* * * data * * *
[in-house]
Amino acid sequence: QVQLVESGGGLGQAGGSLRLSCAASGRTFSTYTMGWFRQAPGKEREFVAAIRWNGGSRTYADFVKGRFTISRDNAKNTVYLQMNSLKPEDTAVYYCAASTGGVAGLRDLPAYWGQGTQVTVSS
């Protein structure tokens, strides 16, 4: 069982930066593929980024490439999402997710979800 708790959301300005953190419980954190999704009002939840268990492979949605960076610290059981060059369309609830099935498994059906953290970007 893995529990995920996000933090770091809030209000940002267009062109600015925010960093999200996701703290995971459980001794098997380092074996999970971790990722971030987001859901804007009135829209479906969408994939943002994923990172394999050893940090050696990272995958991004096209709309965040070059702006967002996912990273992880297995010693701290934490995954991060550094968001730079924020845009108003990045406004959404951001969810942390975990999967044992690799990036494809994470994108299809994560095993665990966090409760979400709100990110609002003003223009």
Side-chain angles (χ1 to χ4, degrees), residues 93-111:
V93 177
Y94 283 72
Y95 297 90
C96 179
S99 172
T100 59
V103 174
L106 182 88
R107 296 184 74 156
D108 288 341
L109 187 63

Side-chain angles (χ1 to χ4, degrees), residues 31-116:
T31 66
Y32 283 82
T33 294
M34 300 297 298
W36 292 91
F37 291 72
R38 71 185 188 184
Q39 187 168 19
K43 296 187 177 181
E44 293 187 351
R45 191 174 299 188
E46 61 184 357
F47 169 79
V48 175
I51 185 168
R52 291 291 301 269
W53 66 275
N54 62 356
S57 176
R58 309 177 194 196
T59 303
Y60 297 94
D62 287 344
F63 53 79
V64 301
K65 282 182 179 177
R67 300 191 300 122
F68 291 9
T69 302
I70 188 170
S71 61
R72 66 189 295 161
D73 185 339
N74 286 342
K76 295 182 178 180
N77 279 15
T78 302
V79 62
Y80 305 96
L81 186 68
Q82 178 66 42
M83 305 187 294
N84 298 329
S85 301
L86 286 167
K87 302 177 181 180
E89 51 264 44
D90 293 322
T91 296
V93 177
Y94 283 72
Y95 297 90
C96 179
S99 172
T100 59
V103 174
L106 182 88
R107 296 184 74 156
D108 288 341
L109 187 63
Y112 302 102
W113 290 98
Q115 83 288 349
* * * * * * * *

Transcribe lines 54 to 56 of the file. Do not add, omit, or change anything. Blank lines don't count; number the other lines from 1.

V79 62
Y80 305 96
L81 186 68